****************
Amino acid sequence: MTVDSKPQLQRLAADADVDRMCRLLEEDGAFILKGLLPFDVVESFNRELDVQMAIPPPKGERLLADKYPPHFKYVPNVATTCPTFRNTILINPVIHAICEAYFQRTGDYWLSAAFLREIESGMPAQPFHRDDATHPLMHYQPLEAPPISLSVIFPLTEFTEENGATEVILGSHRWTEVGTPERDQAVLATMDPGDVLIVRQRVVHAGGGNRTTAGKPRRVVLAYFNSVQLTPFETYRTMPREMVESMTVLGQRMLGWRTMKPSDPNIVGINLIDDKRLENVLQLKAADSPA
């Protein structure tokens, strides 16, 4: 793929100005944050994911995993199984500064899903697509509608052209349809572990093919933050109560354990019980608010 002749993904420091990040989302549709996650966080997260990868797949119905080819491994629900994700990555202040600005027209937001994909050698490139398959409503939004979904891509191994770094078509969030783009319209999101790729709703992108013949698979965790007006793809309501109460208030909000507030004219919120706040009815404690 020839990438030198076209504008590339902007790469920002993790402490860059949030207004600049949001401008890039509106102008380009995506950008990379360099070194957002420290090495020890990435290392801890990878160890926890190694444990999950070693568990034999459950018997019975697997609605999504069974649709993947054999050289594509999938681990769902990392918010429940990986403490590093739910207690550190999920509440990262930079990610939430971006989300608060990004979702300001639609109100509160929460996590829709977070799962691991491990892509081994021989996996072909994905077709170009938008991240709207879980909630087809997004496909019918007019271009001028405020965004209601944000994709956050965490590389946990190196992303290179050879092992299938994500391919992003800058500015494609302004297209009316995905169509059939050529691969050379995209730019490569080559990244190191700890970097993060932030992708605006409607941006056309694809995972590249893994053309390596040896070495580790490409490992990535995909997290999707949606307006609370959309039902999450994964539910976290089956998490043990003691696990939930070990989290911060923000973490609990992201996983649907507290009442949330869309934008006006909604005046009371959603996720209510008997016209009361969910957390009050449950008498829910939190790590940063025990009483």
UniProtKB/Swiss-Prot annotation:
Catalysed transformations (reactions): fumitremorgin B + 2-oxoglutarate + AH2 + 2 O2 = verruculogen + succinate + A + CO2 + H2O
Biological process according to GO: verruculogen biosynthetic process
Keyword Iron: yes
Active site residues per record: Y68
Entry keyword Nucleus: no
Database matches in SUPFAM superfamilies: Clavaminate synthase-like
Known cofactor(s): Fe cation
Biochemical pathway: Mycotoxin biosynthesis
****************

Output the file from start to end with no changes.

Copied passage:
Amino acid sequence: MTVDSKPQLQRLAADADVDRMCRLLEEDGAFILKGLLPFDVVESFNRELDVQMAIPPPKGERLLADKYPPHFKYVPNVATTCPTFRNTILINPVIHAICEAYFQRTGDYWLSAAFLREIESGMPAQPFHRDDATHPLMHYQPLEAPPISLSVIFPLTEFTEENGATEVILGSHRWTEVGTPERDQAVLATMDPGDVLIVRQRVVHAGGGNRTTAGKPRRVVLAYFNSVQLTPFETYRTMPREMVESMTVLGQRMLGWRTMKPSDPNIVGINLIDDKRLENVLQLKAADSPA
């Protein structure tokens, strides 16, 4: 793929100005944050994911995993199984500064899903697509509608052209349809572990093919933050109560354990019980608010 002749993904420091990040989302549709996650966080997260990868797949119905080819491994629900994700990555202040600005027209937001994909050698490139398959409503939004979904891509191994770094078509969030783009319209999101790729709703992108013949698979965790007006793809309501109460208030909000507030004219919120706040009815404690 020839990438030198076209504008590339902007790469920002993790402490860059949030207004600049949001401008890039509106102008380009995506950008990379360099070194957002420290090495020890990435290392801890990878160890926890190694444990999950070693568990034999459950018997019975697997609605999504069974649709993947054999050289594509999938681990769902990392918010429940990986403490590093739910207690550190999920509440990262930079990610939430971006989300608060990004979702300001639609109100509160929460996590829709977070799962691991491990892509081994021989996996072909994905077709170009938008991240709207879980909630087809997004496909019918007019271009001028405020965004209601944000994709956050965490590389946990190196992303290179050879092992299938994500391919992003800058500015494609302004297209009316995905169509059939050529691969050379995209730019490569080559990244190191700890970097993060932030992708605006409607941006056309694809995972590249893994053309390596040896070495580790490409490992990535995909997290999707949606307006609370959309039902999450994964539910976290089956998490043990003691696990939930070990989290911060923000973490609990992201996983649907507290009442949330869309934008006006909604005046009371959603996720209510008997016209009361969910957390009050449950008498829910939190790590940063025990009483």
UniProtKB/Swiss-Prot annotation:
Catalysed transformations (reactions): fumitremorgin B + 2-oxoglutarate + AH2 + 2 O2 = verruculogen + succinate + A + CO2 + H2O
Biological process according to GO: verruculogen biosynthetic process
Keyword Iron: yes
Active site residues per record: Y68
Entry keyword Nucleus: no
Database matches in SUPFAM superfamilies: Clavaminate synthase-like
Known cofactor(s): Fe cation
Biochemical pathway: Mycotoxin biosynthesis